ssh_config question - SSH

This is a discussion on ssh_config question - SSH ; I'm trying to setup my .ssh/config to log in to a host behind a firewall. The command line version: ssh -t example.com ssh 192.168.1.1 works as expected; unfortunately I can't get this working via the config. I tried a number ...

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Thread: ssh_config question

  1. ssh_config question

    I'm trying to setup my .ssh/config to log in to a host behind a firewall.
    The command line version:

    ssh -t example.com ssh 192.168.1.1

    works as expected; unfortunately I can't get this working via the config.
    I tried a number of options and I thought for sure that this would do it:

    Host example
    HostName example.com
    ProxyCommand ssh -t %h ssh 192.168.1.1

    Can anyone explain why this doesn't work?

  2. Re: ssh_config question

    I've sort of worked this out...

    > Host example
    > HostName example.com
    > ProxyCommand ssh -t %h ssh 192.168.1.1


    The above won't work but the below will:

    Host secret
    HostName 192.168.1.1
    ProxyCommand ssh example.com nc %h %p

    I think I'm not understanding exactly what ProxyCommand does.

  3. Re: ssh_config question

    >
    > I've sort of worked this out...
    > > Host example
    > > HostName example.com
    > > ProxyCommand ssh -t %h ssh 192.168.1.1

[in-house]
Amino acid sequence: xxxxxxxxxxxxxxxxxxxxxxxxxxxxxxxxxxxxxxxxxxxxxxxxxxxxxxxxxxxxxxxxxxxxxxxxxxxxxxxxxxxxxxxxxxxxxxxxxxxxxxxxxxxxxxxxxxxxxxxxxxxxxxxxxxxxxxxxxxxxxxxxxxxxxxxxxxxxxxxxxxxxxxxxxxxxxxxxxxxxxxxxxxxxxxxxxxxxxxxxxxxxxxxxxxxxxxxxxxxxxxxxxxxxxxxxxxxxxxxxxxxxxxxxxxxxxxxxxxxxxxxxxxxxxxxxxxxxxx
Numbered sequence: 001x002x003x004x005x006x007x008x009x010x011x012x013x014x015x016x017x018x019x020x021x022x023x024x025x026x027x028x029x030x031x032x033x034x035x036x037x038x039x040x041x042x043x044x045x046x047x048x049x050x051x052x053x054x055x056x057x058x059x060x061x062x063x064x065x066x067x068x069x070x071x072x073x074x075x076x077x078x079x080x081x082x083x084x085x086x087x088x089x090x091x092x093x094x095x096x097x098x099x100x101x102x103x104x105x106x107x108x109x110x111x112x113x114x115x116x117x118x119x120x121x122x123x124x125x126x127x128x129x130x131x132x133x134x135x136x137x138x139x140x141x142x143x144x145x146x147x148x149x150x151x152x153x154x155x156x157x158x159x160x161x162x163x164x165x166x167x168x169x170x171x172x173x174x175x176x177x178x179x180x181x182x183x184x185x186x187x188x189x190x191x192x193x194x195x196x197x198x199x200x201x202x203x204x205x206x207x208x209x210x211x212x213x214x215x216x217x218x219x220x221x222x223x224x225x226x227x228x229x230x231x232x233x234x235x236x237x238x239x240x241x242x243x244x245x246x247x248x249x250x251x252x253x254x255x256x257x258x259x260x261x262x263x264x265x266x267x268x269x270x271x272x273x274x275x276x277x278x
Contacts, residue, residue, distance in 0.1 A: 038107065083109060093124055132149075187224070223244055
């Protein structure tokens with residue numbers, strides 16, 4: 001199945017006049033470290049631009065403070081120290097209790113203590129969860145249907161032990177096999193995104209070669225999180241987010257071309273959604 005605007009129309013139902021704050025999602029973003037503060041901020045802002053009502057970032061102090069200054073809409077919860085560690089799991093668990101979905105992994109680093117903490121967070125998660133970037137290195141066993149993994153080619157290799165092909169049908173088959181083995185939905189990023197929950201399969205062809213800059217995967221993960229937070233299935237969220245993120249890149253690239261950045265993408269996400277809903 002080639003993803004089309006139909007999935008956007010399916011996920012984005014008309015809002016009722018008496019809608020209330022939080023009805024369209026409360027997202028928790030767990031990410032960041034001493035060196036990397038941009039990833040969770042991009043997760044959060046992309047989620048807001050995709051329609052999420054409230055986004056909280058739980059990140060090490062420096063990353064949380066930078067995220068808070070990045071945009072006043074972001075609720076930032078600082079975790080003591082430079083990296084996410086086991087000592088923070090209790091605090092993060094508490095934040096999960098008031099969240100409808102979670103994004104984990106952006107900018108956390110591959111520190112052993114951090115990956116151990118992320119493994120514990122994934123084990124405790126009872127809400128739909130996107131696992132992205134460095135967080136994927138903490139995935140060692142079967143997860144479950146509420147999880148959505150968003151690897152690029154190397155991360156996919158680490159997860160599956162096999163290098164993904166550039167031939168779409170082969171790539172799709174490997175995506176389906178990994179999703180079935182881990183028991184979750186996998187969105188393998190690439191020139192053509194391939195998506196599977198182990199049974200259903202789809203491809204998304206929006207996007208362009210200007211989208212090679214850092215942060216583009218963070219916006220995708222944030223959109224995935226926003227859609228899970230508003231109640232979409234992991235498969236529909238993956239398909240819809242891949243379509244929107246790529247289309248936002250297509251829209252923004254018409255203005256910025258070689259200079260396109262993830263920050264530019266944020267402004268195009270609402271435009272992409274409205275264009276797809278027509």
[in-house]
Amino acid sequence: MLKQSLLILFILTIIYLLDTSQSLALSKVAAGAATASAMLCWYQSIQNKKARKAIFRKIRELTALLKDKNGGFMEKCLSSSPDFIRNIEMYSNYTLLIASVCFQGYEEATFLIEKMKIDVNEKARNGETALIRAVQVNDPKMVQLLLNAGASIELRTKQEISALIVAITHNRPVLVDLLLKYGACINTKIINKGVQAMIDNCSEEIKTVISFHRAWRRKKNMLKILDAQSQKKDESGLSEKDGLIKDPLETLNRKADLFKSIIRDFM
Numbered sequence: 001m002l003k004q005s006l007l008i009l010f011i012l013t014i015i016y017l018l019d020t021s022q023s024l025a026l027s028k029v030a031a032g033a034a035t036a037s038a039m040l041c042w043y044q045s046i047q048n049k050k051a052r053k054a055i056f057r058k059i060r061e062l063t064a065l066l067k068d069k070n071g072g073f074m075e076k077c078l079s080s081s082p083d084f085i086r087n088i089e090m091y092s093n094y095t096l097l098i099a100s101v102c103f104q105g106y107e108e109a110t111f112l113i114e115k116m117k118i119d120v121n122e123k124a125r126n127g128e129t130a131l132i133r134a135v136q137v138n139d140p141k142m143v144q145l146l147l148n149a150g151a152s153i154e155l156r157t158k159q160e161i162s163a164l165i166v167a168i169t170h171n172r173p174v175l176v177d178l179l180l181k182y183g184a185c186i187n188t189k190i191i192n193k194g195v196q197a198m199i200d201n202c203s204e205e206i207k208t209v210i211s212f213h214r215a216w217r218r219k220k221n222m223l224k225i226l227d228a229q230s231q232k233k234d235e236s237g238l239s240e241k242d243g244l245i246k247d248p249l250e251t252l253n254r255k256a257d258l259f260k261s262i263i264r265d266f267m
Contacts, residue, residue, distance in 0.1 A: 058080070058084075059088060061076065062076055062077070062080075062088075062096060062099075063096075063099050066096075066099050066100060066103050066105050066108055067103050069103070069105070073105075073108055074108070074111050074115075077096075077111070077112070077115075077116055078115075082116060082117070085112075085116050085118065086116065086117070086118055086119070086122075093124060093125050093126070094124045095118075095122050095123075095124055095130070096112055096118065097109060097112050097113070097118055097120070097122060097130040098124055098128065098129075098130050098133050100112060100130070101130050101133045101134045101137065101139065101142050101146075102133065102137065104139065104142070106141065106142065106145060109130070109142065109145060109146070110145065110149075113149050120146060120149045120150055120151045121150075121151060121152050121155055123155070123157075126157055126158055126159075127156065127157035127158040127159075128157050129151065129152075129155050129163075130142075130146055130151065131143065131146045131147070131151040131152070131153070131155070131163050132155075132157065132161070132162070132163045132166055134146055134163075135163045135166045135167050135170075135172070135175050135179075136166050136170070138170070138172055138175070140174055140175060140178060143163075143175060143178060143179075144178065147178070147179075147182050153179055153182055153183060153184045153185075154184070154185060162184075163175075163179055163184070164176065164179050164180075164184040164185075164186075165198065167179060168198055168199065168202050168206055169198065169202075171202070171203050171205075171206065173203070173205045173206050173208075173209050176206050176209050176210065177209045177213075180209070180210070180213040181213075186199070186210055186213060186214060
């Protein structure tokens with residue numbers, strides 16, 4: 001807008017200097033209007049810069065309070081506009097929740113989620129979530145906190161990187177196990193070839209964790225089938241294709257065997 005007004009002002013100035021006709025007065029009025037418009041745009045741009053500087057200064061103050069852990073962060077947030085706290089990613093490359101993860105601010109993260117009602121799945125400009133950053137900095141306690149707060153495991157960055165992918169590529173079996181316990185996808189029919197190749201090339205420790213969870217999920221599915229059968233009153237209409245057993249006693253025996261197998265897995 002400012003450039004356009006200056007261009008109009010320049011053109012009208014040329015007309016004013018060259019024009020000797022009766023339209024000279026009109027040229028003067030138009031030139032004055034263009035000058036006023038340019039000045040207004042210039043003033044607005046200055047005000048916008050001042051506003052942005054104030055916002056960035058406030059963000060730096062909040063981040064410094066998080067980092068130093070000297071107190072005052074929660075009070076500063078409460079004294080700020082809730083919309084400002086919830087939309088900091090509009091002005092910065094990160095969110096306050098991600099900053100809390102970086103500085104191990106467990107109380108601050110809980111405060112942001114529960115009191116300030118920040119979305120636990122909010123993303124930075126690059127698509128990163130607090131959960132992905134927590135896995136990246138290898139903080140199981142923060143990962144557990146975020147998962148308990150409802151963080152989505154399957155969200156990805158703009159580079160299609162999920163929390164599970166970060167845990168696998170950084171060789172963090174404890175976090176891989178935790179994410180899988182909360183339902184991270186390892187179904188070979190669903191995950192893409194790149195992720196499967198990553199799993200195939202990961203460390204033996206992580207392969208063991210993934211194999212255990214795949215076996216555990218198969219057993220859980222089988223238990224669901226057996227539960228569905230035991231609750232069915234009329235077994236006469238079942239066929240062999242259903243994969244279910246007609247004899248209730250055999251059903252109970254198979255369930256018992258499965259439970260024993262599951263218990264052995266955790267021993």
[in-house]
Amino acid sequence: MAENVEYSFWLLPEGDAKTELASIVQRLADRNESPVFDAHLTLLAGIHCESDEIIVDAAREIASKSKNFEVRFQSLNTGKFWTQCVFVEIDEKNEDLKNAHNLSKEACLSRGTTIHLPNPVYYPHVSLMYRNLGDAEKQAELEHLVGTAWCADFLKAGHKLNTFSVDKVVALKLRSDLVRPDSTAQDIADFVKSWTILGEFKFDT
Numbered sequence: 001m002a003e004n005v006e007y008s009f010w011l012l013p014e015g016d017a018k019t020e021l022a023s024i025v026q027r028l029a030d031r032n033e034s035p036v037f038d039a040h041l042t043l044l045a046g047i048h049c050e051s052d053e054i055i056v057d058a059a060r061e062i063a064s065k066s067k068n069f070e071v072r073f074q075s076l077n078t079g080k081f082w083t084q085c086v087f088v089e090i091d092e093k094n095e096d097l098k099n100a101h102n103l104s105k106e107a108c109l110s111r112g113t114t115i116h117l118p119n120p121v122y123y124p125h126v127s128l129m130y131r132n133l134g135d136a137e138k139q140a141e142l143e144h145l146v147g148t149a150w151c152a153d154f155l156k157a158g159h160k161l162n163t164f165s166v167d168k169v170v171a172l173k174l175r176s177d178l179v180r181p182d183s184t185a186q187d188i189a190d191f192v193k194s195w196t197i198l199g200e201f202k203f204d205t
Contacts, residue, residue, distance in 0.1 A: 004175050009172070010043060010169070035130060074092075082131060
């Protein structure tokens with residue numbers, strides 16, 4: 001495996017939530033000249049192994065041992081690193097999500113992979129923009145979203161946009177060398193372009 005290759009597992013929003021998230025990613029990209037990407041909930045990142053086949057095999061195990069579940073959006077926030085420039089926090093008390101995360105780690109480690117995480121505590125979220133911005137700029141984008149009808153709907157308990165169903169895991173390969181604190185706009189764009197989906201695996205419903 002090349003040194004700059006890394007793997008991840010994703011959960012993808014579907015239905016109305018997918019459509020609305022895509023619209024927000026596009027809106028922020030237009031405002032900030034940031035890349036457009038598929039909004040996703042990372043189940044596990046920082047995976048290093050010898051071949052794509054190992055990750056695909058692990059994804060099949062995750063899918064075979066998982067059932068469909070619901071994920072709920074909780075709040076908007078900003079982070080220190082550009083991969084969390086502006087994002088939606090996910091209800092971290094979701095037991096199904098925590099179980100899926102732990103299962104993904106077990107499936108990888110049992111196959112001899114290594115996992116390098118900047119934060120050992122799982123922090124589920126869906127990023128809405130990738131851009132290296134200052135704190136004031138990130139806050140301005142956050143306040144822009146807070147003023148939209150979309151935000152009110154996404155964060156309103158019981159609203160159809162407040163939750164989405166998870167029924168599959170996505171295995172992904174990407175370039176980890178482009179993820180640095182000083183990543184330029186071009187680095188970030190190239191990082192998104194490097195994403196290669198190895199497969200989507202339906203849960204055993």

>
    > The above won't work but the below will:
    >
    > Host secret
    > HostName 192.168.1.1
    > ProxyCommand ssh example.com nc %h %p
    >
    > I think I'm not understanding exactly what ProxyCommand does.


    ProxyCommand specifies a program which the SSH client will use to contact
    the remote SSH server. Instead of opening a TCP connection, it runs this
    program and uses its stdin/stdout as the communications channel.

    Your first command does not connect the SSH client to an SSH server; it
    connects it to the stdin/stdout of a shell on 192.168.1.1.

    --
    Richard Silverman
    res@qoxp.net


  4. Re: ssh_config question

    On Tue, 18 Dec 2007 22:42:46 -0500, Richard E. Silverman wrote:

    > ProxyCommand specifies a program which the SSH client will use to
    > contact the remote SSH server. Instead of opening a TCP connection, it
    > runs this program and uses its stdin/stdout as the communications
    > channel.
    >
    > Your first command does not connect the SSH client to an SSH server; it
    > connects it to the stdin/stdout of a shell on 192.168.1.1.


    Ah- I get it now... ProxyCommand handles the TCP connection whereas when
    I do `ssh -t example.com ssh 192.168.1.1` the ssh client makes its own
    connection. That would explain why it's called "ProxyCommand"

    The man page makes more sense to me now, but your explanation is much
    more clear. (I guess that's why you wrote the book) Thank you.

    -gh

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